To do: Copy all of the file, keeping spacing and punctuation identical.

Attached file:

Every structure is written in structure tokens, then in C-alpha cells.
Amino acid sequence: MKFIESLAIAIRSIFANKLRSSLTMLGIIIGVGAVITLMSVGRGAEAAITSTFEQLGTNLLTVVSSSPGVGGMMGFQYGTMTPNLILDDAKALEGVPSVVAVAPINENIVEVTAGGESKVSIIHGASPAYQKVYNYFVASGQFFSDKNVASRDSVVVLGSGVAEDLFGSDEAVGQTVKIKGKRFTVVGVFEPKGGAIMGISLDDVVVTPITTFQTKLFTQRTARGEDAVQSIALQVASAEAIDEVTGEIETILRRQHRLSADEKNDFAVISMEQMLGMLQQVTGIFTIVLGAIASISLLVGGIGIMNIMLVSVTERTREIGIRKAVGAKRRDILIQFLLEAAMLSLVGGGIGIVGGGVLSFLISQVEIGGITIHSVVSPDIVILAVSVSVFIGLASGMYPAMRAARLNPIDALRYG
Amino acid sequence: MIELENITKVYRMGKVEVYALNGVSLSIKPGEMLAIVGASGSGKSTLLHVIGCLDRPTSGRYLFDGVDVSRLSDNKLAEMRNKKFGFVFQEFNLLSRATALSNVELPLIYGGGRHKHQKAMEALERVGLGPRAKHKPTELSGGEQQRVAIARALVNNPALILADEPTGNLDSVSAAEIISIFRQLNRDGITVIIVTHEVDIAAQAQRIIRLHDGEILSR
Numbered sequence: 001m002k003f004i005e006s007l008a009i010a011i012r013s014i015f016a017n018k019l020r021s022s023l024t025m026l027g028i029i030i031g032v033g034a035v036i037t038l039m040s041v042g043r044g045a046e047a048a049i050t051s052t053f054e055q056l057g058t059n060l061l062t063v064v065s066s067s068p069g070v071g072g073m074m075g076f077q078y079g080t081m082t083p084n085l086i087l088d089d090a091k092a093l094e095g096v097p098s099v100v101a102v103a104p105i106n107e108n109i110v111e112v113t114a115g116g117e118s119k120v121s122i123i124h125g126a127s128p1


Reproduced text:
Every structure is written in structure tokens, then in C-alpha cells.
Amino acid sequence: MKFIESLAIAIRSIFANKLRSSLTMLGIIIGVGAVITLMSVGRGAEAAITSTFEQLGTNLLTVVSSSPGVGGMMGFQYGTMTPNLILDDAKALEGVPSVVAVAPINENIVEVTAGGESKVSIIHGASPAYQKVYNYFVASGQFFSDKNVASRDSVVVLGSGVAEDLFGSDEAVGQTVKIKGKRFTVVGVFEPKGGAIMGISLDDVVVTPITTFQTKLFTQRTARGEDAVQSIALQVASAEAIDEVTGEIETILRRQHRLSADEKNDFAVISMEQMLGMLQQVTGIFTIVLGAIASISLLVGGIGIMNIMLVSVTERTREIGIRKAVGAKRRDILIQFLLEAAMLSLVGGGIGIVGGGVLSFLISQVEIGGITIHSVVSPDIVILAVSVSVFIGLASGMYPAMRAARLNPIDALRYG
Amino acid sequence: MIELENITKVYRMGKVEVYALNGVSLSIKPGEMLAIVGASGSGKSTLLHVIGCLDRPTSGRYLFDGVDVSRLSDNKLAEMRNKKFGFVFQEFNLLSRATALSNVELPLIYGGGRHKHQKAMEALERVGLGPRAKHKPTELSGGEQQRVAIARALVNNPALILADEPTGNLDSVSAAEIISIFRQLNRDGITVIIVTHEVDIAAQAQRIIRLHDGEILSR
Numbered sequence: 001m002k003f004i005e006s007l008a009i010a011i012r013s014i015f016a017n018k019l020r021s022s023l024t025m026l027g028i029i030i031g032v033g034a035v036i037t038l039m040s041v042g043r044g045a046e047a048a049i050t051s052t053f054e055q056l057g058t059n060l061l062t063v064v065s066s067s068p069g070v071g072g073m074m075g076f077q078y079g080t081m082t083p084n085l086i087l088d089d090a091k092a093l094e095g096v097p098s099v100v101a102v103a104p105i106n107e108n109i110v111e112v113t114a115g116g117e118s119k120v121s122i123i124h125g126a127s128p1